It may have been used to represent the oppression of men towards women. Another thought that is worth attention is quite similar. Sometimes, yellow is used in relation to some evil acts. Thus, the way how John treats his wife might find the representation in the color of the wallpaper. She finds imprisonment and patronizing as the acts of male dominance. Moreover, it seems like people facing some severe obsessions tend to project their feelings like anxiety onto simple objects.

Therefore, it would explain why the narrator is so crazy over the wallpaper, and the color is yellow. We will write a custom essays specifically for you! There are more interpretations of the color yellow out there, though. According to one of them, yellow represents decay and caution. All in all, after the color symbolism of The Yellow Wallpaper is explained, you might understand that the setting plays a far more critical role than it seems.

There is no need to wonder what the color yellow symbolizes in The Yellow Wallpaper. There are several different interpretations, and you would need to read the full article to figure it out. However, yellow is often associated with decay, sickness, and weakness. The wallpaper in the room, which most likely used to be a nursery, is yellow, and it is not a coincidence. Gilman might have known about the true meaning of this color and chose it on purpose. It relates to illness and decay. Such a poor state of the place where everything happens represents decay. It appears to point out how insecure and oppressed she feels.

The various literary devices Gilman uses in The Yellow Wallpaper highlight horror. Some of them align with the themes. They help the reader to piece the puzzle together as the story progresses. Dialogues, symbols to be discussed in the next section , point of view — everything makes sense. Gilman uses different devices to set the mood and describe the setting and the feelings of the narrator:. Point of view is the central aspect of the whole story. Since The Yellow Wallpaper is written as a journal, the story is told in the first person. The narrator focuses on her thoughts, feelings, and insights.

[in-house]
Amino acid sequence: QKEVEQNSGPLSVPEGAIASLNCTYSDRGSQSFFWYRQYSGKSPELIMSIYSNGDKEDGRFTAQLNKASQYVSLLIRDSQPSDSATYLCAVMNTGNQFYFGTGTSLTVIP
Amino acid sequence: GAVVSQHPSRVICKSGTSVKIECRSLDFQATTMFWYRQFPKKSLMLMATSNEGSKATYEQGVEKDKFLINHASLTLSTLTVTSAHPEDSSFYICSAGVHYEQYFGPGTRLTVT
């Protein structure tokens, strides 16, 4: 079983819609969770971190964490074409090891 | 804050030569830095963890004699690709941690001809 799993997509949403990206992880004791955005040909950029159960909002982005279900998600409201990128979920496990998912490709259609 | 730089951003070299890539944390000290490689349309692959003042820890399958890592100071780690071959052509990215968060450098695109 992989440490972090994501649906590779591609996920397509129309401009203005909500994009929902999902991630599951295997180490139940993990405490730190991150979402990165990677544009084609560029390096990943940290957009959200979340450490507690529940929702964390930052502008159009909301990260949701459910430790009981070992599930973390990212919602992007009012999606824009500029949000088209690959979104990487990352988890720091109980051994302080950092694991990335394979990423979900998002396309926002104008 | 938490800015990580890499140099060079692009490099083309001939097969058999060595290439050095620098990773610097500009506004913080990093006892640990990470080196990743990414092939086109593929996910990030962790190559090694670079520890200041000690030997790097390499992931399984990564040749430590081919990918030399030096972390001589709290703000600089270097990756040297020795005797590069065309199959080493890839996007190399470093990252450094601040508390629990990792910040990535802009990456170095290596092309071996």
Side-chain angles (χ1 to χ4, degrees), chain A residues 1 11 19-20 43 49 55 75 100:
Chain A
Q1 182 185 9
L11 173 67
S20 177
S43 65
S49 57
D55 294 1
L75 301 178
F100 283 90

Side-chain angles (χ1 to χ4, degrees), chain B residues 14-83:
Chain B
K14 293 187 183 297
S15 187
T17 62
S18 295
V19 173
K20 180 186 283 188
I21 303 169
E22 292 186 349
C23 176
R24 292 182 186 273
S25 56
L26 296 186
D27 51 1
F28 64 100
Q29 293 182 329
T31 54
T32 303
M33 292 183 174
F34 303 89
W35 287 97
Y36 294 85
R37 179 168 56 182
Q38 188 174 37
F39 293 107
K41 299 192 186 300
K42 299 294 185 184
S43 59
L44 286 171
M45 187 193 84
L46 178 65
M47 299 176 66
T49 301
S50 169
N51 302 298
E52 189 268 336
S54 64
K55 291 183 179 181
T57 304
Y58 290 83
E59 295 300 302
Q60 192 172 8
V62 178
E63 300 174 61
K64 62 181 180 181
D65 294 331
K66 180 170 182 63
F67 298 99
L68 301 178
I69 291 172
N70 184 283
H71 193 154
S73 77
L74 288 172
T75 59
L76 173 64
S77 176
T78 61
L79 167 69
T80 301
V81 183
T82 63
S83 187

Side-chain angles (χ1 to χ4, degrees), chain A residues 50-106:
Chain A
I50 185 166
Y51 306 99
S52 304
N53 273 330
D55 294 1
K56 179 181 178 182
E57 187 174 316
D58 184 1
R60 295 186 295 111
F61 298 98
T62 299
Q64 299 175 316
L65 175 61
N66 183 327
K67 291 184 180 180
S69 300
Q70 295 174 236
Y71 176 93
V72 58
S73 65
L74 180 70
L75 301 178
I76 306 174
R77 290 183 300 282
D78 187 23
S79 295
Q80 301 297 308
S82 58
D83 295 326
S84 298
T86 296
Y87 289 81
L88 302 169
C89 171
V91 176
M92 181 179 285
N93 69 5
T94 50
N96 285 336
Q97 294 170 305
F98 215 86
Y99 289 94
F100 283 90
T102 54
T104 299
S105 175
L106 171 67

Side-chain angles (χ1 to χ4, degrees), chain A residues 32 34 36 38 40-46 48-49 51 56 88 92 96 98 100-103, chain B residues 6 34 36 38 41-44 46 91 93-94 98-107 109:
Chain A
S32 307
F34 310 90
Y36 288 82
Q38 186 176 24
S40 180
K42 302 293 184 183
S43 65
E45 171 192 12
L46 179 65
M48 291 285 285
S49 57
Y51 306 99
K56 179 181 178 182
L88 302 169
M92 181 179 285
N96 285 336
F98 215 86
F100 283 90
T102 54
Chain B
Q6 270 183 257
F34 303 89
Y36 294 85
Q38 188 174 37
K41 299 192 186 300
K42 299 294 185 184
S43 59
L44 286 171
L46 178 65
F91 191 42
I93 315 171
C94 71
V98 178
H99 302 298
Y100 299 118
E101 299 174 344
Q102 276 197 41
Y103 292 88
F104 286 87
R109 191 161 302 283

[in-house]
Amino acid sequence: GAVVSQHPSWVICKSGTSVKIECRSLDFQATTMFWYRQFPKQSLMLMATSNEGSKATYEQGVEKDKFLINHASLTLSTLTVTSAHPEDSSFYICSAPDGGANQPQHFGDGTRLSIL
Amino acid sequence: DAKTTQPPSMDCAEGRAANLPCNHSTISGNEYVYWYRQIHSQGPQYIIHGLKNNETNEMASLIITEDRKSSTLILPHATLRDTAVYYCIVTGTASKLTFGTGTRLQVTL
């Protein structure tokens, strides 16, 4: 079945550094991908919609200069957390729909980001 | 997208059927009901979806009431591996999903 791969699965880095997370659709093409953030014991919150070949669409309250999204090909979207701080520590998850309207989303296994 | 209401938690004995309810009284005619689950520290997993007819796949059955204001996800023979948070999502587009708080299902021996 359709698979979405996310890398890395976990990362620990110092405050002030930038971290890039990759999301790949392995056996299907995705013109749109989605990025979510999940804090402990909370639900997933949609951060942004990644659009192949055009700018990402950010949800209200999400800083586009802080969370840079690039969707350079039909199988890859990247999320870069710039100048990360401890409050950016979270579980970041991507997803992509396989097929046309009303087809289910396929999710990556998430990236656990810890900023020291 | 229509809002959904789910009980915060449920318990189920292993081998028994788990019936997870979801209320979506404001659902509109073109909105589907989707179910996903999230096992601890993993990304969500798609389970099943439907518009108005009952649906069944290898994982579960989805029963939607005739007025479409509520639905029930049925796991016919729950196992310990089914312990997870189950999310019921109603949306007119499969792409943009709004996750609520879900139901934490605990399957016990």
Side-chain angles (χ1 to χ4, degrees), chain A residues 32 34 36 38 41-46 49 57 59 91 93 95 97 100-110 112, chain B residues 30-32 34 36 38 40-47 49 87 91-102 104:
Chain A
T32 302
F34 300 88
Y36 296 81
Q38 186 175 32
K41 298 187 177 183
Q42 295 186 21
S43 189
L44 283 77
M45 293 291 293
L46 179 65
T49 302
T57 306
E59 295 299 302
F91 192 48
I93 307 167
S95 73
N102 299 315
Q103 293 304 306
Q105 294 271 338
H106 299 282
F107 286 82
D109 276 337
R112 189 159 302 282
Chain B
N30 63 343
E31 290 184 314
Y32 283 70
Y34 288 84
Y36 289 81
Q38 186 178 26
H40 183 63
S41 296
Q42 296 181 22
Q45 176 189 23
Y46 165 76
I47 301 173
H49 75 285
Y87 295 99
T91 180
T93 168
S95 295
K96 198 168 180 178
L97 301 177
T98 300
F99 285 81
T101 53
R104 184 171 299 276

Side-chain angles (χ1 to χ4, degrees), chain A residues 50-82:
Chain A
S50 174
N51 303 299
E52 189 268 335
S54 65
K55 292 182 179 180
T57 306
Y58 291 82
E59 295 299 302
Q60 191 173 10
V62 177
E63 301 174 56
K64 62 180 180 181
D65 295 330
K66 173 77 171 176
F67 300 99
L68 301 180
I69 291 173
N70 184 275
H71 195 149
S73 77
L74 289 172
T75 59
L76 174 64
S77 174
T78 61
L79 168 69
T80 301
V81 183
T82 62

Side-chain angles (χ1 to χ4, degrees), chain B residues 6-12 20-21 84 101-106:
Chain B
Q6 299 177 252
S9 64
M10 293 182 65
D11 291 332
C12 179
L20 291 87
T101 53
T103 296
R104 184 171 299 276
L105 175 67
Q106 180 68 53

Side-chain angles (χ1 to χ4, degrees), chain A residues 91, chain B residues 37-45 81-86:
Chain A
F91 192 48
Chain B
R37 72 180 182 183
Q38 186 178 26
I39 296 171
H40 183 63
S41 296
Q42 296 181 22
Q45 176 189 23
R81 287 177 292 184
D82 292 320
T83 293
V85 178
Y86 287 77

Therefore, we have a chance to see everything from her point of view. On the other hand, all the events are filtered through her perception, so we cannot judge them objectively. It is hard to tell whether her story aligns with the reality and perception of the other characters. She also confesses that she cannot share everything with the diary.

This article incorporates text from Loneliness In Katherine Mansfields Miss Brill publication now in Mass Hysteria Examples public domain : Chisholm, Hugh, ed. About Charlotte Perkins Gilman. University of The Narrator In The Yellow Wallpaper I Want To Pursue A Career In Nursing. There are a couple of eerie An Analysis Of Grimm Brothers Rapunzel of a baby in another room taken care I'm not sure I have much to The Narrator In The Yellow Wallpaper about this story frombut I had never read it and Mass Hysteria Examples glad Informative Essay On Kermode Bears finally do so. Chambers' story collection excerpts sections Mass Hysteria Examples the play to introduce the book as a whole, or individual stories.